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Mount Baker ski scene, city of Lynden win high ratings

Lynden, home of the Northwest Washington Fair, has been rated one of the safest and happiest cities in Washington state.
Lynden, home of the Northwest Washington Fair, has been rated one of the safest and happiest cities in Washington state. THE BELLINGHAM HERALD

Mountain news

Glacier warming: National Geographic listed Glacier among its 10 “Best Secret Ski Towns of North America,” saying it’s best for “Pacific Northwest powder snorklers with a taste for wild terrain.”

While saying tiny Glacier barely amounts to a town, the listing adds that Glacier has everything a serious skier needs — “a ski shop, snowboard shop, plenty of cabins for rent, a bakery with hearty breakfast burritos, and three restaurants, including Graham’s, which was beautifully restored by volunteer local woodworkers and hosts live music on weekends.”

Advanced snowboarding: Western Washington University was ranked the 17th best college for skiers and snowboarders in the country, thanks to its proximity to Mount Baker Ski Area. Other state schools to make the list from StartClass were the University of Washington, at o. 5, and Gonzaga University, at No. 7. The top ski school? Dartmouth College in New Hampshire.

Lynden rising

Safe place to live: Lynden is the third safest town under 100,000 residents in Washington state, according to Niche. The high ranking reflects low rates for murders, assaults, vehicle thefts, burglaries and other crimes.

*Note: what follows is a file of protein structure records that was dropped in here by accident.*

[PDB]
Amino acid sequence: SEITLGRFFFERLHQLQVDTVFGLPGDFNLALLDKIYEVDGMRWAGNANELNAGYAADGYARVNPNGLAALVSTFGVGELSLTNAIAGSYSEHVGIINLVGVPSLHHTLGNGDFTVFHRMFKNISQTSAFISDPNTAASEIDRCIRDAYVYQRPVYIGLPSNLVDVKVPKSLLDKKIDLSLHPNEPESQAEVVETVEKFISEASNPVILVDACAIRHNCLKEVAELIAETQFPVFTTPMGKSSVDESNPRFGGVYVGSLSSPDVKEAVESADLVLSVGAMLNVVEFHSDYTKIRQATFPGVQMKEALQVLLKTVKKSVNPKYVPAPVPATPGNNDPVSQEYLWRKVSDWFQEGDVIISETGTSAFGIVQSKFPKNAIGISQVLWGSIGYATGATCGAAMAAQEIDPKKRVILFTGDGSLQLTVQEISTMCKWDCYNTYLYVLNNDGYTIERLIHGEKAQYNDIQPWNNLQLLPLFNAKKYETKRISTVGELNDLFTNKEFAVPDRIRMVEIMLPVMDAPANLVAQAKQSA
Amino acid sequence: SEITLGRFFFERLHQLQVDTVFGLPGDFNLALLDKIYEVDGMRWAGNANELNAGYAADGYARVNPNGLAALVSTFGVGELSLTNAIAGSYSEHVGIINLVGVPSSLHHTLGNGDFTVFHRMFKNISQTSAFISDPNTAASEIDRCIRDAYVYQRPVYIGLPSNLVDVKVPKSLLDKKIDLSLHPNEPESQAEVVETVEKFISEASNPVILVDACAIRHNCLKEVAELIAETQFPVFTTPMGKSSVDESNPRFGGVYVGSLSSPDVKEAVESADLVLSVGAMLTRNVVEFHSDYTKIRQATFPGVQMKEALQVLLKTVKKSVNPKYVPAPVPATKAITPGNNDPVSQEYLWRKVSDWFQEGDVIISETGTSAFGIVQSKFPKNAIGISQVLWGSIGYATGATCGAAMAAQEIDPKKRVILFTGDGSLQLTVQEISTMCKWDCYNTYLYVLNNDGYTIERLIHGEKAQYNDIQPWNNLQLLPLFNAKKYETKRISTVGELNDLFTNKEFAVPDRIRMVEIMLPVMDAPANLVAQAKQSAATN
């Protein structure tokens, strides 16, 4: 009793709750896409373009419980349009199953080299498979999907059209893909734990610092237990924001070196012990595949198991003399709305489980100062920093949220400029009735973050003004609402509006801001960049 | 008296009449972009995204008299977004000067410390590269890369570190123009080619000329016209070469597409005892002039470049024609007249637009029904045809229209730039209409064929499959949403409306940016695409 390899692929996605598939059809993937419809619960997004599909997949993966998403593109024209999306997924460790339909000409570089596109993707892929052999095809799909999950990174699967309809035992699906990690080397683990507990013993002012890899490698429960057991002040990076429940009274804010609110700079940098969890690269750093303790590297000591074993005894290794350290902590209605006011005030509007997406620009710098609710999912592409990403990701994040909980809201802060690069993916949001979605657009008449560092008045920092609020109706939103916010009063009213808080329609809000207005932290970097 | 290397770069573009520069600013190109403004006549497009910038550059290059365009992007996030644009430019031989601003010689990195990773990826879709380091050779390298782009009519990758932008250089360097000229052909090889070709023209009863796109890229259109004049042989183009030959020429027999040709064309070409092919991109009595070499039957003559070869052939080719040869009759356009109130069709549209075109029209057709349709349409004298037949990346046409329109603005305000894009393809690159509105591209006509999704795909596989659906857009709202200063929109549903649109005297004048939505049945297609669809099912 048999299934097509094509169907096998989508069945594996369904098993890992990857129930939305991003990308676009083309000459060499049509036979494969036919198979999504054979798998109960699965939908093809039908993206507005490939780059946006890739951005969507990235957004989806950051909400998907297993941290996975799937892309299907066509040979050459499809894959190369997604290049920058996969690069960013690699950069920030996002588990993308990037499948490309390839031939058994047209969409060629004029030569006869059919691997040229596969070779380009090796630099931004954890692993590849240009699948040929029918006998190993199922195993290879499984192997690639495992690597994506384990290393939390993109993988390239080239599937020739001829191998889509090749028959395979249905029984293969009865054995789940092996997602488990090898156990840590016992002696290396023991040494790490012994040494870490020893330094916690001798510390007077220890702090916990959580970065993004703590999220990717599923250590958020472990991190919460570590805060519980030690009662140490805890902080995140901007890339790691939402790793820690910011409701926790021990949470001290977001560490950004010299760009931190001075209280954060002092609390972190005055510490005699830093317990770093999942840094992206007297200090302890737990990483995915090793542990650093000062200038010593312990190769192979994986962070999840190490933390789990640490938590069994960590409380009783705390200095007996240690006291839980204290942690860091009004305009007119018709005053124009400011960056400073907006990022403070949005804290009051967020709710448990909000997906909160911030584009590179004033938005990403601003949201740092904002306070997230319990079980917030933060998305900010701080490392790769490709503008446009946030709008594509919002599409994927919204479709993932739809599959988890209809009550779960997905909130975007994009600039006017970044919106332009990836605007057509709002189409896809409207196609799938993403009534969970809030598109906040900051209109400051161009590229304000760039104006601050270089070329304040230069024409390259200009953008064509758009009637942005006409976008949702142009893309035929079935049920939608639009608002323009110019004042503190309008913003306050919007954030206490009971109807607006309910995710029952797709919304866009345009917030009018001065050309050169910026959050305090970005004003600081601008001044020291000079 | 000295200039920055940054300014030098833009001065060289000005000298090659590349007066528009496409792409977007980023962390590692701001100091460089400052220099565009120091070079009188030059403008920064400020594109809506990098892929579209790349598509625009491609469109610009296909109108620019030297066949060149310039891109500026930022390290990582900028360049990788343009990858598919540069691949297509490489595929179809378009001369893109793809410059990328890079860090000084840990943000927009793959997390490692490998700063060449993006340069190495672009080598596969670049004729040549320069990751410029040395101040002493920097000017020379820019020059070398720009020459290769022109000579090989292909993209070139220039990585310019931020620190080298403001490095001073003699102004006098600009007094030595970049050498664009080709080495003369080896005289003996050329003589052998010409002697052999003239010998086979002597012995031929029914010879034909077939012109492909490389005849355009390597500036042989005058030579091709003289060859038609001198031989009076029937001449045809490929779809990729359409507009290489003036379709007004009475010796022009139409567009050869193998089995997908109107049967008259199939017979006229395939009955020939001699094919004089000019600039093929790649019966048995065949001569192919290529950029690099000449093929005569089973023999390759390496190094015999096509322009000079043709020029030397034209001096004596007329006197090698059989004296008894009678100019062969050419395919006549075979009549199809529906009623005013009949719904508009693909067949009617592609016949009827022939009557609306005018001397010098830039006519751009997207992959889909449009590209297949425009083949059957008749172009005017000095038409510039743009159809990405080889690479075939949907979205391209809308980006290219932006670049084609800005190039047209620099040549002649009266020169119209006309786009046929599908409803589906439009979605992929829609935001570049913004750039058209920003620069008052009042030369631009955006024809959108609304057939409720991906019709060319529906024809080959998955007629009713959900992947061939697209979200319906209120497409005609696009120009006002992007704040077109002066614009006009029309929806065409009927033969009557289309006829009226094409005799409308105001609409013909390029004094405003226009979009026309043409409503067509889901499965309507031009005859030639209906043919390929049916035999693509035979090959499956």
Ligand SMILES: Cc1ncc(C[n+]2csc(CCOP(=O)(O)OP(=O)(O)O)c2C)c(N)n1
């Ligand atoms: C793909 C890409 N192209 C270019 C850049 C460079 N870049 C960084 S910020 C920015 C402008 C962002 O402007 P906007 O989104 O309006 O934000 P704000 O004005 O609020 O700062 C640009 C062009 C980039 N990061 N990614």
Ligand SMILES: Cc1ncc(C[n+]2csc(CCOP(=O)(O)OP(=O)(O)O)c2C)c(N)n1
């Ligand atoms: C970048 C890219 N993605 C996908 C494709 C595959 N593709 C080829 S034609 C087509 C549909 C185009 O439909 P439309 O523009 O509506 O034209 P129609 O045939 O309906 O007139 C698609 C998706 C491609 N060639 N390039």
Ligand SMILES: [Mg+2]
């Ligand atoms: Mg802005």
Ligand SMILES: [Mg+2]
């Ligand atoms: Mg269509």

Happy place to be: Lynden is the fourth happiest city in Washington, according to Only In Your State. The rating reflects such elements as crime rates, commute time, income, divorce rate, and number of restaurants. The happiest city in the state? Redmond.

Distinctive woman

June Burn remembered: A profile of former Bellingham resident and writer June Burn appeared in Crosscut.com, presented as part of a “Great Women of the Northwest” series in partnership with the Museum of History & Industry. The article, “The High Life,” by Lorraine McConaghy is subtitled “In a time of world wars, June Burn forged a life of adventure and simplicity.”

Burn and her husband, Farrar, settled in Bellingham in 1929, occupying two cabins on a knoll next to what is now Fairhaven College. She later moved to Waldron Island, as recounted in her popular memoir “Living High.”

Job news

Serving the hungry: Bellingham ranked 19th out of 396 U.S. cities to work as a waiter or waitress, according to a study by Value Penguin that looked at median salary, cost of living and location quotient. The survey pegged the average waiter salary in Bellingham at $28,880. The best place to wait on eaters? Naples, Fla.

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